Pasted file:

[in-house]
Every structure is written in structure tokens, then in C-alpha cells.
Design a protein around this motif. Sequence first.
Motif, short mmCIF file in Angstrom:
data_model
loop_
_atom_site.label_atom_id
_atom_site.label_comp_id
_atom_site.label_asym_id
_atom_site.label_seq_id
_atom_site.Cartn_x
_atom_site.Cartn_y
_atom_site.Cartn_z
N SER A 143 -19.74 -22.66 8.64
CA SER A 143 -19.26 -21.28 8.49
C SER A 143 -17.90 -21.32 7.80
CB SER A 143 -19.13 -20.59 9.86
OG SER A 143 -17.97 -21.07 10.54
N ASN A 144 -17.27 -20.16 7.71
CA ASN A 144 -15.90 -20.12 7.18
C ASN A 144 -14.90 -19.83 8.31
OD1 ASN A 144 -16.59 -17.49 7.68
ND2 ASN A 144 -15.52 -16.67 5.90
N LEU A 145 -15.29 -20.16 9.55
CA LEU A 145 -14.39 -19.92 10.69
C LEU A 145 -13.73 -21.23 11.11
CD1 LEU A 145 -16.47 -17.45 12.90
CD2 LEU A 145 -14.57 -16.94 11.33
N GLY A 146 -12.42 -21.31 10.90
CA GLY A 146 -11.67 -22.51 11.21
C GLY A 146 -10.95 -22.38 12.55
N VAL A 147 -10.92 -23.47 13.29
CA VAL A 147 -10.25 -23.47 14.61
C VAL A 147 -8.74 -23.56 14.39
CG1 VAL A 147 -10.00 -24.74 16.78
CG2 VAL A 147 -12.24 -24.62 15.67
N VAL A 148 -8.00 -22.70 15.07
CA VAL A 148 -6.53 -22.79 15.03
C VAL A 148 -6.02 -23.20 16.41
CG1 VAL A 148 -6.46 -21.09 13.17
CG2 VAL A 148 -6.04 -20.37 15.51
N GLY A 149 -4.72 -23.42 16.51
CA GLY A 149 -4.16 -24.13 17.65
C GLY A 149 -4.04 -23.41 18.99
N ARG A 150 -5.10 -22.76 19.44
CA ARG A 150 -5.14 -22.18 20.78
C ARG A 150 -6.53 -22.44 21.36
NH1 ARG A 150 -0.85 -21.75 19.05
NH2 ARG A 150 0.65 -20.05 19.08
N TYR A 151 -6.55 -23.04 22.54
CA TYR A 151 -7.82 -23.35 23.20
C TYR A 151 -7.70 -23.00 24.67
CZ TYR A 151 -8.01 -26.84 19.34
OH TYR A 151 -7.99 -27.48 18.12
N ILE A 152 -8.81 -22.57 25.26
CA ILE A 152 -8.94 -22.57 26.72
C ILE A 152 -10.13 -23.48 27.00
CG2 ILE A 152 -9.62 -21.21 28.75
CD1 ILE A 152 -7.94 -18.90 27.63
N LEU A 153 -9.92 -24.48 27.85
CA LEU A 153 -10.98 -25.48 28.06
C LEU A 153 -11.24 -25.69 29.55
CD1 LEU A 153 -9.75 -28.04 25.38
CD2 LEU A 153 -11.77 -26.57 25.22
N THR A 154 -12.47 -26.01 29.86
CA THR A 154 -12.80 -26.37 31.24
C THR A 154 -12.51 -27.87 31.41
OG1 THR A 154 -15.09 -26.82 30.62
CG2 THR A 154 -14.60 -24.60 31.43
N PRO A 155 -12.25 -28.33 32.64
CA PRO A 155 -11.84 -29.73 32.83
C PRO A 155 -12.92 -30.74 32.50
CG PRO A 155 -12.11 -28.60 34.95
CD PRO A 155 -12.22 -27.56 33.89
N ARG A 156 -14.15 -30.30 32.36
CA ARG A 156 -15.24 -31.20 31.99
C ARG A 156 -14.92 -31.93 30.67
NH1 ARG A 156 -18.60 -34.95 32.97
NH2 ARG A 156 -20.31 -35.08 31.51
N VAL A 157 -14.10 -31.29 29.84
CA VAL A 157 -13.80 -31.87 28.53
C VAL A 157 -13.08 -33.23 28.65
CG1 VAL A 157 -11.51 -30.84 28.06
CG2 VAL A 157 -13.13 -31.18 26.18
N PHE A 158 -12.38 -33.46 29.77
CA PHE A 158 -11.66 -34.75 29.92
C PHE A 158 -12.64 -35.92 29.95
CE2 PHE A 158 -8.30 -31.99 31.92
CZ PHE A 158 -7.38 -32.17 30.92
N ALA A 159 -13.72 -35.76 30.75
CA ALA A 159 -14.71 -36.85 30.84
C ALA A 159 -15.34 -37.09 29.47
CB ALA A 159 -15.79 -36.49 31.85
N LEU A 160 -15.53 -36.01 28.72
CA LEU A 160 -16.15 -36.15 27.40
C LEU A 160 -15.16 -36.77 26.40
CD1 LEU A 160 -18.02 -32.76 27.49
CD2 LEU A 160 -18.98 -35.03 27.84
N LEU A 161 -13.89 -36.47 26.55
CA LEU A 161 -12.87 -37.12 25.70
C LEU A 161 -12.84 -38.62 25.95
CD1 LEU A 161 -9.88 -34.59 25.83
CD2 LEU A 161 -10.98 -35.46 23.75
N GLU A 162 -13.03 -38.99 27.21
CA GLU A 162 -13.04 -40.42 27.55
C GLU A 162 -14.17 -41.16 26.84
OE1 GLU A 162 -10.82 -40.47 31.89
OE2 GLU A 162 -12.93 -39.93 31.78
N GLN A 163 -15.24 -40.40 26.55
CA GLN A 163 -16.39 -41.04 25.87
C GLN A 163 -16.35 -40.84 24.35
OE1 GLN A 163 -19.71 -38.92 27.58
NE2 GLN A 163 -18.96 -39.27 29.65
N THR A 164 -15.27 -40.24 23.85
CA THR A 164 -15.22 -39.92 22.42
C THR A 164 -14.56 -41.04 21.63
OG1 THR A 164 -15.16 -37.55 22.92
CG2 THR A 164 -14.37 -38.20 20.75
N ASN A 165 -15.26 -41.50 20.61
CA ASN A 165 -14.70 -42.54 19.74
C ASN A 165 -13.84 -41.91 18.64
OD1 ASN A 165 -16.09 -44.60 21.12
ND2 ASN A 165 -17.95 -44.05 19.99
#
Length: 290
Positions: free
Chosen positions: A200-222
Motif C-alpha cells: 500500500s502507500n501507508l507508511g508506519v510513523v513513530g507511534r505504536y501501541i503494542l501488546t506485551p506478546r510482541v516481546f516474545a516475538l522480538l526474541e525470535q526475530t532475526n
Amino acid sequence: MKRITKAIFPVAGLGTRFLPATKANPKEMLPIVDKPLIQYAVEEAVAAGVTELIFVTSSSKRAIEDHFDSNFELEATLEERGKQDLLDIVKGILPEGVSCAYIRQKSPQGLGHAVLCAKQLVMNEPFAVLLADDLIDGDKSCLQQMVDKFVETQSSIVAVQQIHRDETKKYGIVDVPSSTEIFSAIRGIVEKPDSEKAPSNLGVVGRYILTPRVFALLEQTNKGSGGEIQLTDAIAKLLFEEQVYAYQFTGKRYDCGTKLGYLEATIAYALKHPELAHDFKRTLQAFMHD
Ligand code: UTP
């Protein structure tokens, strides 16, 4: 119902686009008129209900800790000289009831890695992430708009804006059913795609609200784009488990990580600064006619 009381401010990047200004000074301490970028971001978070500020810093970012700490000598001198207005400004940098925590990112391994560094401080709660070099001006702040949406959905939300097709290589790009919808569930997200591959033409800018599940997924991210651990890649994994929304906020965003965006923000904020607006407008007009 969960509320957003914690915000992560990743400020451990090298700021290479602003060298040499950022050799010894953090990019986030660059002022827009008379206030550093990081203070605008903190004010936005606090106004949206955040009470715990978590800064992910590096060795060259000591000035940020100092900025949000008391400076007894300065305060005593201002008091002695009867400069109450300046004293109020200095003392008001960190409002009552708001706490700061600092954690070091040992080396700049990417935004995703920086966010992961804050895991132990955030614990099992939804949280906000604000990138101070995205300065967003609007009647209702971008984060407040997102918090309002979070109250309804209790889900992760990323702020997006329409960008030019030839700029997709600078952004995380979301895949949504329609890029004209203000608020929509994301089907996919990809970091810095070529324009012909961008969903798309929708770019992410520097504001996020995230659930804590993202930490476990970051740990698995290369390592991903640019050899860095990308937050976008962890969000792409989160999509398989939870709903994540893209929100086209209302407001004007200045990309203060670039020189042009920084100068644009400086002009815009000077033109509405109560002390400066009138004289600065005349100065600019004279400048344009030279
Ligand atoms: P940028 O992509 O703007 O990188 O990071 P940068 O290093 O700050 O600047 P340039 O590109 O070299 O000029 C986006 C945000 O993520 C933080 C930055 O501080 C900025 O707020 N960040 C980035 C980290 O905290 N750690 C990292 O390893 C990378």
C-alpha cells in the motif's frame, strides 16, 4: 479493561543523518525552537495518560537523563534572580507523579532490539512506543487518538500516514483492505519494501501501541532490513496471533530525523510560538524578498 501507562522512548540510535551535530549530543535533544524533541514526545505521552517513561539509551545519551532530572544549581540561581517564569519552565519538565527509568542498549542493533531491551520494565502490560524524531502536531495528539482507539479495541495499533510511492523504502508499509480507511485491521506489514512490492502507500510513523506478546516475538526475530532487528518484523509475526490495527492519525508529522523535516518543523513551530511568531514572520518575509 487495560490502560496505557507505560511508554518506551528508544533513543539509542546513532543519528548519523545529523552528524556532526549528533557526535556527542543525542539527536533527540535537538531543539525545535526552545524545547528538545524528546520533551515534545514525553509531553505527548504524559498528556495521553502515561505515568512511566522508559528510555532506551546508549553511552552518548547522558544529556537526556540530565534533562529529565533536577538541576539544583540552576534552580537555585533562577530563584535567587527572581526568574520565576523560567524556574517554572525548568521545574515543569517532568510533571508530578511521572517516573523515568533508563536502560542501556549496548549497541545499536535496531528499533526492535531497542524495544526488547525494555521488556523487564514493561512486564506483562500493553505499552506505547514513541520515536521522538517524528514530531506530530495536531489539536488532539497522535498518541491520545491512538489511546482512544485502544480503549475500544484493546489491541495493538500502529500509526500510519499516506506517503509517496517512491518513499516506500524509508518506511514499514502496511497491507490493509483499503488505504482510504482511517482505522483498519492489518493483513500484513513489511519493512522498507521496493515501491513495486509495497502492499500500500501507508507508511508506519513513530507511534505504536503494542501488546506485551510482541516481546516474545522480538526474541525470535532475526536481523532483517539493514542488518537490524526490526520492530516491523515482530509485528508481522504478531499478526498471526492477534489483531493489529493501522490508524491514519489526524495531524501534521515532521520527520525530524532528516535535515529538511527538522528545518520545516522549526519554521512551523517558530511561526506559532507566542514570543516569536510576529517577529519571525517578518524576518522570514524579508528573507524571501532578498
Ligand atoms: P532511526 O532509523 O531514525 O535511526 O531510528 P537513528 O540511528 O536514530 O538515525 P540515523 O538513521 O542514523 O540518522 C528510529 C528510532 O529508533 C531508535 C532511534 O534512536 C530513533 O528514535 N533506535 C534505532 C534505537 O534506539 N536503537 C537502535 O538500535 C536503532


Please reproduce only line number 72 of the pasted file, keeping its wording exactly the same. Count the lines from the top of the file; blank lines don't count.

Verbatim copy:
C PRO A 155 -12.92 -30.74 32.50